Carlos Ky Paath, Jakarta – President Joko "Jokowi" Widodo has asked regional governments to stop issuing too many local regulations and told his ministries to cull at least ten regulations before issuing a new one to cut bureaucratic red tapes and improve the country's competitiveness.
The president has already made regulatory reform one of his main priorities in his second term. Jokowi was even willing to build a wide coalition in the cabinet to ensure support in the House of Representatives.
Now the president is pressuring the regional heads to follow his directive. Due to Indonesia's regional autonomy laws, regional leaders are immensely powerful and their actions do not always fall into line with central government policies.
"We already have too many regulations. We need to entangle them. If every little thing needs a specific regulation, we'd always be slow to take action or adapt to changes," Jokowi told hundreds of regional heads in a national coordination meeting on Wednesday.
Jokowi promised a seven percent growth when he became president in 2014 but the Indonesian economy has only been able to expand by around 5 percent annually since then.
Red tapes remain one of the main challenges in boosting investment, which is why the president is convinced simplifying them is the key for the pace of growth he wants.
The president told his ministers to lead by example and push for regulatory reforms in their own ministries.
"If a minister wants to issue one new regulation, he or she must remove ten regulations first, not just two. Having too many regulations makes things very confusing," Jokowi said.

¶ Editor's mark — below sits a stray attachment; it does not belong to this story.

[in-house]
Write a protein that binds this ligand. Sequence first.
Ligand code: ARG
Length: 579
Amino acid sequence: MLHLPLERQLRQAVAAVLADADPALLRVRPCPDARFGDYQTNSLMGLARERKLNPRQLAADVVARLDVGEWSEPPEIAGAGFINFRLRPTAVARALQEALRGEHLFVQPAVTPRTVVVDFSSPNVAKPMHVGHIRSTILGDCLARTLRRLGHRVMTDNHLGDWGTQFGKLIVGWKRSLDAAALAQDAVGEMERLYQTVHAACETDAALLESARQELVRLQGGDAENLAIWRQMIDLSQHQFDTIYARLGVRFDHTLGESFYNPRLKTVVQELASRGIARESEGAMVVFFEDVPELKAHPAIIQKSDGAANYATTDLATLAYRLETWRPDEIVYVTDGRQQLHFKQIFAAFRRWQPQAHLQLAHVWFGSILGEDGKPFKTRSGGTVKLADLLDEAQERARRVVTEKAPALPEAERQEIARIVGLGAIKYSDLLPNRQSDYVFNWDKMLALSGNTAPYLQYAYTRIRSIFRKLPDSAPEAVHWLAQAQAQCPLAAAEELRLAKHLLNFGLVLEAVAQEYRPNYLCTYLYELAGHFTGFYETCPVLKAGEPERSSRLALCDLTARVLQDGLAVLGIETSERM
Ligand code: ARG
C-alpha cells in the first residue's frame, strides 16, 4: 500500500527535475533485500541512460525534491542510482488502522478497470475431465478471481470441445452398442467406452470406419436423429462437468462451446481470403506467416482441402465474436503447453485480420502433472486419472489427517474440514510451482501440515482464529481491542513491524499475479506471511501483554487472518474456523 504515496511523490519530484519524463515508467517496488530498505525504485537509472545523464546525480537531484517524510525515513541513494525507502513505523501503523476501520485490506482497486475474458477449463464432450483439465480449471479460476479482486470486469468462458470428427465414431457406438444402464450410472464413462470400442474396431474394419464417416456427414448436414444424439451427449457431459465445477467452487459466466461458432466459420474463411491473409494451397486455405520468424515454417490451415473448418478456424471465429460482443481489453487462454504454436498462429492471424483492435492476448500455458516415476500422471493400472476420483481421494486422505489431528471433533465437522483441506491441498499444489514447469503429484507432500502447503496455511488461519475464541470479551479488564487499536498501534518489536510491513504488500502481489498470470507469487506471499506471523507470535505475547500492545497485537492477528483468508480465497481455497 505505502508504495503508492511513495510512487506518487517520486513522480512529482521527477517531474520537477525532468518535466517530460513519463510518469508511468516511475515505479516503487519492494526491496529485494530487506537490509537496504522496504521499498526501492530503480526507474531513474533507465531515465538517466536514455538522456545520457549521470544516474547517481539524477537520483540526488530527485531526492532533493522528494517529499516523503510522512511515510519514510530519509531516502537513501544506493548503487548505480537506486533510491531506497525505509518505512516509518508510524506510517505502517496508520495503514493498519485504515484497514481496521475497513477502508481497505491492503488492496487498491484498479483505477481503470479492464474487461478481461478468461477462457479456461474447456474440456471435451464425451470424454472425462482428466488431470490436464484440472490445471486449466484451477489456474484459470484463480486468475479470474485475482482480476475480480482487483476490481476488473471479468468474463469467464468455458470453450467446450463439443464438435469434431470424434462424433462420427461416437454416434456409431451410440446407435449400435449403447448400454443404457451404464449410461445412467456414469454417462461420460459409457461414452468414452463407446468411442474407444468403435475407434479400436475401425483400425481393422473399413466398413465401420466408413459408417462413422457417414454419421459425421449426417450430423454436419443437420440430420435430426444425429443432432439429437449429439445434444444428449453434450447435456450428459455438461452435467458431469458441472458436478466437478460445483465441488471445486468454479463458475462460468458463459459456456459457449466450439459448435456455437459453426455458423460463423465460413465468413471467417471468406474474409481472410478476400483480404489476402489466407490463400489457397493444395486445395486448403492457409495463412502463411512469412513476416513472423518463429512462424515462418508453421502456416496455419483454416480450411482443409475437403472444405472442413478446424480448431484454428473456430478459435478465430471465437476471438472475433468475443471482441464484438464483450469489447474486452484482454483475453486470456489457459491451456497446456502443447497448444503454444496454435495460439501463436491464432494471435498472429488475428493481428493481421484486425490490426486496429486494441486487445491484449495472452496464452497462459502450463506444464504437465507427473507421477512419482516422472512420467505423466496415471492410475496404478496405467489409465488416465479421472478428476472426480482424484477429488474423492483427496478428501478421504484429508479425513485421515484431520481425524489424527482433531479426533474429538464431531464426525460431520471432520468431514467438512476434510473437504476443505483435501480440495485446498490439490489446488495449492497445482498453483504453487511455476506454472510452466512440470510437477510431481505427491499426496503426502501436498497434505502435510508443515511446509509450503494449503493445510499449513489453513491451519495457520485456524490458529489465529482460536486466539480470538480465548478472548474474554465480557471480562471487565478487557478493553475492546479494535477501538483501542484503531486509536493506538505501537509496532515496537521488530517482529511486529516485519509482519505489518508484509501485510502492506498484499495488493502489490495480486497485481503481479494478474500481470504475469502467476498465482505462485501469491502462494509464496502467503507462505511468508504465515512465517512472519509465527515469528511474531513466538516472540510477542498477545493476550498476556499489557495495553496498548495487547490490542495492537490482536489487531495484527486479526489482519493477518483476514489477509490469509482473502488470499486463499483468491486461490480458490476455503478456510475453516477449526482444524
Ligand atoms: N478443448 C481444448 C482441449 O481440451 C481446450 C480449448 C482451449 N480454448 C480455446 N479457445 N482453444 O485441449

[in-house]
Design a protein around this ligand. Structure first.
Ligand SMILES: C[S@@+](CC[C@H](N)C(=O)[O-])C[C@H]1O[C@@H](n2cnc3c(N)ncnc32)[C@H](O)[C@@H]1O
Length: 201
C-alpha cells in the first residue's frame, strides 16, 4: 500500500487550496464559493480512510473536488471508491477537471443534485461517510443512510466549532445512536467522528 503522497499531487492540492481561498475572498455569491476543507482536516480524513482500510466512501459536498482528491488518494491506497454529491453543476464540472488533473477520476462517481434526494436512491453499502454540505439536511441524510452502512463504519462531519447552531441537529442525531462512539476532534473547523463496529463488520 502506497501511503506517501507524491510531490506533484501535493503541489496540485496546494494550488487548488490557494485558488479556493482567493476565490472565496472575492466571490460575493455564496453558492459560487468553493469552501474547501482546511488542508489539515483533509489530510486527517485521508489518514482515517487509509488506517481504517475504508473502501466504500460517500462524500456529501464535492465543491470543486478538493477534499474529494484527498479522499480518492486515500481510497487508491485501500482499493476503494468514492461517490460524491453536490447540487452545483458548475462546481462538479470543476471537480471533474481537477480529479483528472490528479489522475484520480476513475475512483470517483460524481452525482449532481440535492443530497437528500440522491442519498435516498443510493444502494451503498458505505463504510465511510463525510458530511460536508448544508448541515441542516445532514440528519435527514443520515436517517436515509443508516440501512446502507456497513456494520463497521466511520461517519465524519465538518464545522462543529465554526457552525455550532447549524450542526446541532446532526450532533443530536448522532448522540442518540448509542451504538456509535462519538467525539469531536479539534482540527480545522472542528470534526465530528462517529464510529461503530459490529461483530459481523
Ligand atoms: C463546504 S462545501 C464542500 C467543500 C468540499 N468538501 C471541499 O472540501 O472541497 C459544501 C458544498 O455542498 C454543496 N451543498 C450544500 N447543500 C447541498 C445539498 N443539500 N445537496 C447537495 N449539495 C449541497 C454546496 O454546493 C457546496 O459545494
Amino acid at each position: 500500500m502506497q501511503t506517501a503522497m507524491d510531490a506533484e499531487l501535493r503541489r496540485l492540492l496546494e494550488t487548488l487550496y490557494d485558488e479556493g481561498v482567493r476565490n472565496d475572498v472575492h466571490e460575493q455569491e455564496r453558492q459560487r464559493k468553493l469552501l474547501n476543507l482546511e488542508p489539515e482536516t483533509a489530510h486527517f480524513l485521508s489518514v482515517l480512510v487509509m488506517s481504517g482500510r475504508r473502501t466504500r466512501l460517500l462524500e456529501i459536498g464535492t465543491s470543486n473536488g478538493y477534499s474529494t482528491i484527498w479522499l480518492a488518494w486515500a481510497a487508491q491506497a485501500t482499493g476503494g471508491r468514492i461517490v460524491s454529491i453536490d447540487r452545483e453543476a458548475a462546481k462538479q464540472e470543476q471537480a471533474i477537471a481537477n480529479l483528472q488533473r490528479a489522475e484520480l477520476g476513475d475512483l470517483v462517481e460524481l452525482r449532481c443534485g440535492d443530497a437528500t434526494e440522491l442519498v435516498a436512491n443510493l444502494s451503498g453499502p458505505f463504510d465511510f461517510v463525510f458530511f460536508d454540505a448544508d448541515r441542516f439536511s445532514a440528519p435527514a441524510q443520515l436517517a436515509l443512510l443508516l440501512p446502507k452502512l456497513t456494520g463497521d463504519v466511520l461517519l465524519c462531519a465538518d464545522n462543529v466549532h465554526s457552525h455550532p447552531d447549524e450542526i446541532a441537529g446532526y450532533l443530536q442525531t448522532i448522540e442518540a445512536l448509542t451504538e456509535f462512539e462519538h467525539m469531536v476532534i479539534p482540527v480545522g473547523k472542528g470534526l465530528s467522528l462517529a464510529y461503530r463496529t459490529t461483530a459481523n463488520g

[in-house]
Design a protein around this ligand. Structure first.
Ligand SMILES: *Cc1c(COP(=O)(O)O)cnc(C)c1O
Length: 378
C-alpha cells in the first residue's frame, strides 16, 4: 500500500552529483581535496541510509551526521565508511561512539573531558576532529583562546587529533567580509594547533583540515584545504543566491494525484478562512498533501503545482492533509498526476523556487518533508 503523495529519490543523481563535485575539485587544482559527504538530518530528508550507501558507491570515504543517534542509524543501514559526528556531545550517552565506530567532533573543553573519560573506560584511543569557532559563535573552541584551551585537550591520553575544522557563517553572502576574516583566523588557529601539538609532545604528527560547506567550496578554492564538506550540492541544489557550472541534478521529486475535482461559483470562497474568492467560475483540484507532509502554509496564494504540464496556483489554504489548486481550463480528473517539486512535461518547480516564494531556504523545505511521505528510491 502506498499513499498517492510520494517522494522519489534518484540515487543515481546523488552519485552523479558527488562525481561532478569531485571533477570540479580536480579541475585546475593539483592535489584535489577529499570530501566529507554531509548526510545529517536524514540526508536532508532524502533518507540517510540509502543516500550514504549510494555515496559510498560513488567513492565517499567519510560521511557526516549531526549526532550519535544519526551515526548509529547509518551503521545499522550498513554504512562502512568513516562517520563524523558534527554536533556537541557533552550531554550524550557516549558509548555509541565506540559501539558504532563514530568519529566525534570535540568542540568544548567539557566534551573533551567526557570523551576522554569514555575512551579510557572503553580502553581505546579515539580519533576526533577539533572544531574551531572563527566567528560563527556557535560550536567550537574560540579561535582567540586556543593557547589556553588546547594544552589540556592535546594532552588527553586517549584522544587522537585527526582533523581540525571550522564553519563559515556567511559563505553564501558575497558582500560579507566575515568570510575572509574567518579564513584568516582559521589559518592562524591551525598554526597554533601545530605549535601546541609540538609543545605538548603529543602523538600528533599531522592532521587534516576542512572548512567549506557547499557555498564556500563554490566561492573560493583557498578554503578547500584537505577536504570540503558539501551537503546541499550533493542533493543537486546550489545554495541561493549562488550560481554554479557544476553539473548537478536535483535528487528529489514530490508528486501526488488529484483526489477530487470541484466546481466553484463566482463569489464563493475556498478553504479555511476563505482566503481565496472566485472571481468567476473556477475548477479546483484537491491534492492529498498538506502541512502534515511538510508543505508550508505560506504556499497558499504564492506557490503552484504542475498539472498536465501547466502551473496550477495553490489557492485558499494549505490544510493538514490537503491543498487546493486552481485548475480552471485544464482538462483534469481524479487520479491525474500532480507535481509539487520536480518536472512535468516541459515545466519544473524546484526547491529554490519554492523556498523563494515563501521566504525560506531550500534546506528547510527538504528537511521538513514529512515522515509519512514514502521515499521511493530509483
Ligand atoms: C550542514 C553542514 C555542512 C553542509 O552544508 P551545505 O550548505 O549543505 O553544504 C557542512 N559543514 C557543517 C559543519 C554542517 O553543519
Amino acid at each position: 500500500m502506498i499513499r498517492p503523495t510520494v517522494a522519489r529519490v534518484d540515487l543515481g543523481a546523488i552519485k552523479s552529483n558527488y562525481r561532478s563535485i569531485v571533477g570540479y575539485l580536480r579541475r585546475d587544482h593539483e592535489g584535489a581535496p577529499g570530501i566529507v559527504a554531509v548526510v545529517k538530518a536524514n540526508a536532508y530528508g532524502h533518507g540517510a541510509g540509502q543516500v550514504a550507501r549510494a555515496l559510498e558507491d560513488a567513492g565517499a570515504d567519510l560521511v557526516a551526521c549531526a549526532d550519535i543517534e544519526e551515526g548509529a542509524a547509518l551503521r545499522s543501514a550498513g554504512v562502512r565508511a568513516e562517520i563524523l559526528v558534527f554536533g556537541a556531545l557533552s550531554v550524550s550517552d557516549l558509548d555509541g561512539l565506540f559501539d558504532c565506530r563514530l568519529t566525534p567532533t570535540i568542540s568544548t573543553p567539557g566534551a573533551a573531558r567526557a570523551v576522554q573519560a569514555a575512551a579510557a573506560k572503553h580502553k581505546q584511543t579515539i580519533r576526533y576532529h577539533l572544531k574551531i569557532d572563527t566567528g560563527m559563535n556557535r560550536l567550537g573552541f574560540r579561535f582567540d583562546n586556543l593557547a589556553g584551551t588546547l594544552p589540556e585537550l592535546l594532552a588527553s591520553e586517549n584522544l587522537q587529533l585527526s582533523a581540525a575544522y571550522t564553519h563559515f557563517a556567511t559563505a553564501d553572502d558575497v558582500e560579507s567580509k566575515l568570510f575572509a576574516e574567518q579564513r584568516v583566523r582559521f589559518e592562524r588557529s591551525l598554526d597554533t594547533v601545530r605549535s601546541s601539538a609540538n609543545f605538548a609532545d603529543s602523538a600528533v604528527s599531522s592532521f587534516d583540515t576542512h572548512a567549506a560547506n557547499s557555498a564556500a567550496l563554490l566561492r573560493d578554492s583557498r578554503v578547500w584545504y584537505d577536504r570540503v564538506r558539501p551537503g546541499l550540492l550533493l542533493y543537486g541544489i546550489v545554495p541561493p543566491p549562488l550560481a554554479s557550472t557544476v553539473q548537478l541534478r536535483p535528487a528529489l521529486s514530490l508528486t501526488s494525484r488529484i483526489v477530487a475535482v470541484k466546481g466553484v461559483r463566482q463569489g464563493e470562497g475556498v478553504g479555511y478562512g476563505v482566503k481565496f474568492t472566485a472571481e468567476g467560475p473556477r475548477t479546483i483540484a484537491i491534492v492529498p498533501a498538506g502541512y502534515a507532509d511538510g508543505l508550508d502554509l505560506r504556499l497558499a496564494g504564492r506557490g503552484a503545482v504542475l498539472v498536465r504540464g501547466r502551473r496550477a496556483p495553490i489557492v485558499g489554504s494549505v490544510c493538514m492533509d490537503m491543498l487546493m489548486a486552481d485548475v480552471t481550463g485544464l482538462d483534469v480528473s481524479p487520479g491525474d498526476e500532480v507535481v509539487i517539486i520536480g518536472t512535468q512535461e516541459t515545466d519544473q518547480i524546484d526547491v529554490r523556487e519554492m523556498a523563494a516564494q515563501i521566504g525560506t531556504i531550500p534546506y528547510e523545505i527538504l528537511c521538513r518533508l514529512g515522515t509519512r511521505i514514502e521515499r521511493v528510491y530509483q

He said he took his inspiration from a meeting with the United States Secretary of Commerce Wilbur Ross who said the US was now trading one new regulation with two old ones to simplify bureaucracy.
Jokowi said flexibility and speed in the bureaucracy are very important for Indonesia. All countries are heading in that direction. "Whoever is faster, wins. Everyone take note. We must understand and fix our own problems," Jokowi said.
Police under scrutiny
The president also promised he would dismiss law enforcement officials who inhibit innovations.
In April, police arrested a farmer who sold a variety of rice seeds he cultivated from a subsidized seed provided by Jokowi's campaign team. The farmer's fault was that he did not secure the proper paperwork before selling the seeds.
While not specifically referring to the case, the president said he did not want to see a similar incident in the future. "Never come between innovation and progress in this country," he said.
"I will not tolerate law enforcement officials who try to inhibit innovation or frighten and blackmail bureaucrats, officials and business people. I will find out," Jokowi said.
If there was no malicious intent, do not go about and looking for one, the president said.
"If there are potential legal issues, remind them before they go on with their project, use a preventive approach. Do not wait for them [to violate the law], and then give them troubles," Jokowi said.
Abdullah Azwar Anas, the chairman of the Association of Regional Governments (Apkasi), welcomed the president's direction.
"The president has told us what his priorities are. All the regional heads will follow them," Azwar said on the sidelines of the meeting in Bogor, West Java, on Wednesday.
"Maybe a meeting like this with the president should be held every three months," Azwar said.
"With a forum like this, ministers won't have to meet us individually anymore, since everyone is clear on what general direction the government is heading to. Organizing meetings with each ministry is a big hassle for us," he said.